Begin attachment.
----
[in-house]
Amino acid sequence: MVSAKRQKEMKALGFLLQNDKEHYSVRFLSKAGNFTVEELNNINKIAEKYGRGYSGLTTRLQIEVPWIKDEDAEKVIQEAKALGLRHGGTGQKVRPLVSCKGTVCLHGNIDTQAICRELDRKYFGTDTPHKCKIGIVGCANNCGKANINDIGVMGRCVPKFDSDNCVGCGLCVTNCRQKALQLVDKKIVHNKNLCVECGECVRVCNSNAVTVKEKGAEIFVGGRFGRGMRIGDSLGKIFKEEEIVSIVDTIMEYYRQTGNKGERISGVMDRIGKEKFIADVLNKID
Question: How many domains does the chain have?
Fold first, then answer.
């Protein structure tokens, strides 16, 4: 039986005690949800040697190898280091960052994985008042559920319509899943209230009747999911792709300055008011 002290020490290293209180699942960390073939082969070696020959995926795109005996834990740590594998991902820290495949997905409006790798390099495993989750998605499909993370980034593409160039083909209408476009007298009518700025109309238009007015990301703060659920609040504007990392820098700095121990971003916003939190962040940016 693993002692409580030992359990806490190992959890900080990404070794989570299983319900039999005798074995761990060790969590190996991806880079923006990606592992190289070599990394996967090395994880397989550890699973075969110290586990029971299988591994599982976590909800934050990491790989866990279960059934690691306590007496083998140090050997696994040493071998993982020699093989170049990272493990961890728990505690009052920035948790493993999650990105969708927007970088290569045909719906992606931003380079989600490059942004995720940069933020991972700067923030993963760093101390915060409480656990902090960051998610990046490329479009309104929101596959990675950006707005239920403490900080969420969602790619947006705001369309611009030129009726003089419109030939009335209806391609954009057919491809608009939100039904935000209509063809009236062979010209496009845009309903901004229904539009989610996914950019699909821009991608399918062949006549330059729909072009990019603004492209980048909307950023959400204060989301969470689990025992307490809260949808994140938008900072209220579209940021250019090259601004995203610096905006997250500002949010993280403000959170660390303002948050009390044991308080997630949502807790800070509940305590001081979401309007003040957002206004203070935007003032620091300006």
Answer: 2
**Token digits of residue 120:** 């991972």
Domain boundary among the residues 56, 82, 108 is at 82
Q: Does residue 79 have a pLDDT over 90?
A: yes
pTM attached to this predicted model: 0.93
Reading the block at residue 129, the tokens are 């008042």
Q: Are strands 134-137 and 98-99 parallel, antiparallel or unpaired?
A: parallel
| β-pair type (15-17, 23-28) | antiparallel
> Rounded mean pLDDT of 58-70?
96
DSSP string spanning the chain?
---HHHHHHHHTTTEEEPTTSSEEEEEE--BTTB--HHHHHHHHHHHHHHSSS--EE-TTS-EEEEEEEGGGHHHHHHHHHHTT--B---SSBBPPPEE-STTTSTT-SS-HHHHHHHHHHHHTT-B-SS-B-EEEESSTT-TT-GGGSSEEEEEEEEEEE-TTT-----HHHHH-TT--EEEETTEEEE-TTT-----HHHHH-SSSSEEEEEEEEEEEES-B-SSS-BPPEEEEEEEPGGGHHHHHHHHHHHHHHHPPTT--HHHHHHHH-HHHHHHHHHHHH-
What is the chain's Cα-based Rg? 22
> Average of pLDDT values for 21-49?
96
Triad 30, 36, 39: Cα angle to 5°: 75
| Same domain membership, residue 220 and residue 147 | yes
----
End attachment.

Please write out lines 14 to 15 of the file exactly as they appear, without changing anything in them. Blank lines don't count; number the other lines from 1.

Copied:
A: parallel
| β-pair type (15-17, 23-28) | antiparallel